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Friday, February 12, 2010

Creative Event / Created Good

This is from a post in Reflections of a Happy Old Man

Monday, June 12, 2006

"He who binds to himself a joy
Doth the winged life destroy
But he who kisses the joy as it flies
Lives in Eternity's sun rise."
(Blake, Erdman 470)

Only the creative event is to be worshiped.

The Bible is the created good.
All tribes are created good.
Religious organizations are created good.
Theologies, ideologies are created good.

These things are all manmade artifacts.

What is to be worshipped?

The Creative Event!!

Not the Bible: George Fox: "we have heard what Jesus and the Apostles say, but what doth thou say?"

Not a tribe: Joseph Campbell: their chief attribute is the limit of positive affect to members and of negative affect to non-members.

Not a religious organization: Gandhi: "if I ever found a truly Christian church, I'd join it."

So what should you worship: "the Vision of God that thou dost see...." (from Everlasting Gospel, Erdman 524)


  1. my knee-jerk reaction:

    What is to be worshiped? Only God.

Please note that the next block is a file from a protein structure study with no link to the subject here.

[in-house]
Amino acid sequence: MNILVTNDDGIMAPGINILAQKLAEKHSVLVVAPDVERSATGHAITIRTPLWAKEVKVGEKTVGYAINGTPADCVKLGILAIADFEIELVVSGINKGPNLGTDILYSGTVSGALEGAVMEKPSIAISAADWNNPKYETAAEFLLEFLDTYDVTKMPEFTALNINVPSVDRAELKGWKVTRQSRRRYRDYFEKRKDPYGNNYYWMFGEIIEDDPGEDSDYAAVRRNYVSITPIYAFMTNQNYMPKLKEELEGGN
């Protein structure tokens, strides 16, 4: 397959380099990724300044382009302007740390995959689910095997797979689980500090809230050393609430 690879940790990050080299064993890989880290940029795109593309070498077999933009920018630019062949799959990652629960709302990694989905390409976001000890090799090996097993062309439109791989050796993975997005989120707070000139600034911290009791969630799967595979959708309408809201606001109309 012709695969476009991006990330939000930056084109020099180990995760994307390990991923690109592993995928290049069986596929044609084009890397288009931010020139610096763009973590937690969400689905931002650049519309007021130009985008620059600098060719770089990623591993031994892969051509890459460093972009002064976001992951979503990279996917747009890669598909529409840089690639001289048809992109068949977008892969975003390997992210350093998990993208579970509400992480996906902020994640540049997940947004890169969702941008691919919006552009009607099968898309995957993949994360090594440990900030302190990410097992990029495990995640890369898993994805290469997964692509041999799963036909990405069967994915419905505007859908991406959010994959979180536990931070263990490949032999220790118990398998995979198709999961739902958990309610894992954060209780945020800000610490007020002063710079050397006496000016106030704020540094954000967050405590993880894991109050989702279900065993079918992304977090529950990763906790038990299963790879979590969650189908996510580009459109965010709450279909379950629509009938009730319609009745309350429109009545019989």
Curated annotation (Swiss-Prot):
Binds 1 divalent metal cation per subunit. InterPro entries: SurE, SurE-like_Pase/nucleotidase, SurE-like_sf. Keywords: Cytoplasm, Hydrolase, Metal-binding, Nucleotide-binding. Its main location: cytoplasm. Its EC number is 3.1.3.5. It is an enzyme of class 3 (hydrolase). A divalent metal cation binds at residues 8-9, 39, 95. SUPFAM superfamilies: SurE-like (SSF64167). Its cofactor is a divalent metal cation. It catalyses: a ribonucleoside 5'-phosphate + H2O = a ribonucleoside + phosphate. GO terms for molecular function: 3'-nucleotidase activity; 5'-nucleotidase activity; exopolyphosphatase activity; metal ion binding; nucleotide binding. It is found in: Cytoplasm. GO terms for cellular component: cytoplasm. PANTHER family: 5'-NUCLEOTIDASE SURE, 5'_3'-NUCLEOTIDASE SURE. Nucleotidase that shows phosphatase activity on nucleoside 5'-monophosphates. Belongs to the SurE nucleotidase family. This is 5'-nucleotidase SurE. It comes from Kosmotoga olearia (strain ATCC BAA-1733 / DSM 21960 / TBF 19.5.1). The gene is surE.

Neither the (human) creative event nor the (human) created good.

    Having said that, "kissing the joy as it flies" is indeed sublime. But then so is the enjoyment of rememberance of past joys...

    The created good of the Bible does the most good when it points a person to the present reality, the current creative event....

  2. I've just started reading Malcolm Muggeridge, "A Third Testament" about 6 men "in search of God" -- one chapter each on Augustine, Pascal, Blake, Kierkegaard, Tolstoy and Bonhoeffer. I found a later edition online that also includes Dostoyevsky. The introduction is fascinating -- and I wonder how similar this sentiment might be to what you've written about Blake and "created good" vs "creative event":

    "Between the fantasies of the ego and the truth of love, between the darkness of the will and the light of the imagination, there will always be a need for a bridge and a prophetic voice calling on us to cross it." (Muggeridge p. 14, 1976 edition)

  3. More on Created Good/Creative Event is in the post Time/Eternity.

    Blake was always hungry for the event which allowed him to speak in the prophetic voice.


  4. thanks, Ellie -- the Time/Eternity post helped. I can see where one experiencing "the mere passing through the mind of innumerable meanings" would long for "the creative event" :-)

    and Wieman's descriptions that you quoted certainly would seem to apply not only to internal, spiritual, poetic, literary creative events but also to insights that allow a person a breakthrough on some problem or project in the material world --
    the appreciable world."

    Wonderful! Thanks!!